Schuh, 7 – 8 Stall Street, City Centre, Bath

External alterations to redecorate the existing shopfront in the current grey finish, with the addition of painting the centre fascia band black with new non-illuminated company signage.
Our Response

7-8 Stall Street is a pair of Grade II early 19th century terraced shops with residential upper floors, situated in the Bath conservation area and World Heritage Site. It forms part of the city centre’s core with high pedestrian footfall, and consequently forms a significant visual aspect of Bath’s historic and commercial streetscape. It additionally forms the setting of multiple Grade II listed buildings along Stall Street, as well as the Grade I 34-36 Stall Street on the corner of Bath Street.

The shared ground floor shopfront across 7-8 Stall Street is indicated to be late 20th century, and as such is considered to have limited historic value with regard to its material age. However, it serves to reflect and reinforce the wider shopfront character and ‘vernacular’ of the Bath conservation area in its use of traditional-style materials and detailing.

We previously objected to previous application 22/02056/AR for signage proposals submitted 17/05/2022, on grounds of the use of acrylic-faced signage and associated visual harm to a listed building without appropriate justification or demonstration of public benefit. We acknowledge that improvements have been made including the omission of acrylic signage in favour of “non-illuminated 3D metal letters” as well as the overall reduction in signage size.

In line with our previous comments, we maintain that the proposed replacement of the existing ‘oval’ signage with new signage more in keeping with the established branding of the commercial frontage would be generally positive. However, whilst the principle of a more visually coherent advertising approach is not inappropriate in principle, we retain some concerns regarding the profile of the proposed replacement signage.

It is proposed to install “folded 1mm metal letters fixed to fascia with aluminium L bracket”; however, in the proposed sections the lettering is indicated to project 60mm from the fascia. It is therefore unclear as to whether there is a disparity in the proposed lettering thickness, or if the sections are instead reflective of the depth of letter projection. Of the latter, it therefore remains unclear as to why the signage may need to stand so proud of the shop frontage. We have previously noted concerns with the perceived increase in examples of projecting and box signage in this area, resulting in a jarring and over-dominant conflict between contemporary signage and their traditional shopfront context. We therefore strongly recommend consideration of lettering that sits increasingly flush with the shopfront and as such better integrates with the visual amenities of the buildings.

We continue to maintain a preference for the use of hand-lettered painted signage as a more traditional alternative that reinforces the visual amenities of the conservation area. This may be more appropriate to the ‘secondary’ nature of the proposed signage, reinforcing the existing signage already in place.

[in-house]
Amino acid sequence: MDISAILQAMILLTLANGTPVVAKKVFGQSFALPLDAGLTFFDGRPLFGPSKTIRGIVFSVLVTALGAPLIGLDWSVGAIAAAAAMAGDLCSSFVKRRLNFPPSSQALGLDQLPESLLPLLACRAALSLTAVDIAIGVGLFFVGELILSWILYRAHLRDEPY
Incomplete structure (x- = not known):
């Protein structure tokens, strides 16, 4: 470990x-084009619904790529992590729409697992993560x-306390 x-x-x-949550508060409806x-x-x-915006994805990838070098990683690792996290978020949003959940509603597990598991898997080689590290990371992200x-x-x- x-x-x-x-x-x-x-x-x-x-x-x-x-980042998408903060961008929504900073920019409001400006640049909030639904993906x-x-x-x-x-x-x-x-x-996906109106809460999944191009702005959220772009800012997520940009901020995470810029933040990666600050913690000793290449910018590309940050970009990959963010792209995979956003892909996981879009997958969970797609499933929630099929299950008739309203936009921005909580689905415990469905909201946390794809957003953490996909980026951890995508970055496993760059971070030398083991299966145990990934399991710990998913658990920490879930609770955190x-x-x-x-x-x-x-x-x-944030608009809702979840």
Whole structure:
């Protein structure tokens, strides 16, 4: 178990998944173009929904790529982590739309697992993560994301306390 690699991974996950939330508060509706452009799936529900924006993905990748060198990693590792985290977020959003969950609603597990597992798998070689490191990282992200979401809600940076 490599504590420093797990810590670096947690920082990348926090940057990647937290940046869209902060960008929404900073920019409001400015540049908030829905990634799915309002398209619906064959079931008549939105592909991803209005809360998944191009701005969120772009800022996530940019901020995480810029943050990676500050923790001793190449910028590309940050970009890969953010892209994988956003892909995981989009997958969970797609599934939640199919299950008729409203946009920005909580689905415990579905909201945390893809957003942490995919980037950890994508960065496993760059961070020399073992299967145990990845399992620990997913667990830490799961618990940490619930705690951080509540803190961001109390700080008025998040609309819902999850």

The addition of a “non-illuminated 3D metal stripe p/c green RAL 6038” (previously a “green acrylic stripe”) would still be a cluttering addition without any justification or demonstrated public benefit. The use of an overly bright colour would be a strident, jarring addition against the softer natural colour palette of the listed building and the wider character and appearance of the conservation area and World Heritage Site. This feature appears to be used on other Schuh shops elsewhere in the UK; however, we maintain the need for a bespoke approach to signage in Bath which is suitably sympathetic to the special visual amenities of the conservation area and the World Heritage Site. We therefore continue to recommend that this element is omitted from the signage proposals.

We note that proposals have now been revised to include the repainting of the whole shopfront in “black RAL 9005 Dulux Exterior Wood Paint”, in line with our previous comments expressing a preference for the use of a single colour across the whole frontage to maintain visual coherence. The proposed paint finish has not been detailed as part of this application; we recommend a matte or eggshell finish instead of gloss to mitigate against an overly shiny or reflective appearance.

It is indicated that “the current tiled stall riser is cracked and needs to be replaced”. We maintain that there is a lack of information regarding the material and aesthetic finish of the proposed replacement and how this would look in situ, and encourage the submission of a relevant sample to better assess the degree of visual impact. Where the stall riser has already been tiled, it may be considered appropriate to paint this to match the above shopfront.

Whilst BPT recognises the design improvements that have been made, we maintain that proposals would continue to be of harm to the special interest of a listed building and would not preserve or enhance the character or appearance of the conservation area without demonstration of public benefit, contrary to the Planning (Listed Buildings & Conservation Areas) Act 1990, Section 16 of the NPPF, and Policies B1, BD1, CP6, D1, D2, D3, D9, and HE1 of the Core Strategy and Placemaking Plan and should be refused or withdrawn.

Application Number: 22/02617/LBA
Application Date: 24/08/2022
Closing Date: 29/09/2022
Address: Schuh, 7 - 8 Stall Street, City Centre, Bath
Our Submission Status: Object